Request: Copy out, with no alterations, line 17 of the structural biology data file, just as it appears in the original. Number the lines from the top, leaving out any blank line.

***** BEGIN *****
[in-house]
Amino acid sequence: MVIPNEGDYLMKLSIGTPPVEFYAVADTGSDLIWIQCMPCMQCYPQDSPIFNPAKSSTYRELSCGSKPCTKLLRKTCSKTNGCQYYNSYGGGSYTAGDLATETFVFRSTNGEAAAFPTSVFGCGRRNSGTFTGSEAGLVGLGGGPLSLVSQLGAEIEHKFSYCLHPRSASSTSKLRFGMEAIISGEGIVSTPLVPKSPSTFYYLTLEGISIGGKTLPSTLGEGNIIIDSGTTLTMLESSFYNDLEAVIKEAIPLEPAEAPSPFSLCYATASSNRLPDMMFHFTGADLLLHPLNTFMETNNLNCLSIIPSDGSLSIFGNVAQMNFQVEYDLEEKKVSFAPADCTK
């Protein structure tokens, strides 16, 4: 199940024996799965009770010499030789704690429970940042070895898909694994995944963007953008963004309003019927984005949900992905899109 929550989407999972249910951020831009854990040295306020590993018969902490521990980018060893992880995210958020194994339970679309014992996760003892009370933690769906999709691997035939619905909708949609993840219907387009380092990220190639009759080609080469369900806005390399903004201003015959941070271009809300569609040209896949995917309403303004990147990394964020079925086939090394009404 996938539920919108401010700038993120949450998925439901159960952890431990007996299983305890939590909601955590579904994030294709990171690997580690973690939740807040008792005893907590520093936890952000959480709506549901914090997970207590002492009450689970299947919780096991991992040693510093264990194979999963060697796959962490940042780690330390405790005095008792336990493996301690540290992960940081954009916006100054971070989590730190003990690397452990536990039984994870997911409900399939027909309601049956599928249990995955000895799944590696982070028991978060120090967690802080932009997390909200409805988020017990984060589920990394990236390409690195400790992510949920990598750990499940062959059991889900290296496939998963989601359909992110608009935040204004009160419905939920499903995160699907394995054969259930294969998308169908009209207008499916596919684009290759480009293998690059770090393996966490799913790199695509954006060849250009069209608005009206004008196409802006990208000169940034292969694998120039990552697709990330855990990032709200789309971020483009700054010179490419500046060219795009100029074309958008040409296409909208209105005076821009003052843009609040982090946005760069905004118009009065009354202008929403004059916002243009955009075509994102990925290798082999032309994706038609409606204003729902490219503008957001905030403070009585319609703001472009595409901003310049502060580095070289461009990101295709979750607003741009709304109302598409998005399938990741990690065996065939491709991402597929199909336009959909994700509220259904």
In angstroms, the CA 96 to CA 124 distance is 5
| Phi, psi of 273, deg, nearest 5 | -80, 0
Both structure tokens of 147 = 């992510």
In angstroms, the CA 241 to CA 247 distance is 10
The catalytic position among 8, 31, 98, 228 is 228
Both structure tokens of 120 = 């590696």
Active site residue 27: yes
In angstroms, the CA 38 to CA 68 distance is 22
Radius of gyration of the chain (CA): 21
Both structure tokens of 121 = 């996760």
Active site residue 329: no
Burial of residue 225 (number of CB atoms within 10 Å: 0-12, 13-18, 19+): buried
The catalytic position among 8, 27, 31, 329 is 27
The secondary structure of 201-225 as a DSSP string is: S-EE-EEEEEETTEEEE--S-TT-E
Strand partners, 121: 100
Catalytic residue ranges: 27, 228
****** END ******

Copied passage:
The secondary structure of 201-225 as a DSSP string is: S-EE-EEEEEETTEEEE--S-TT-E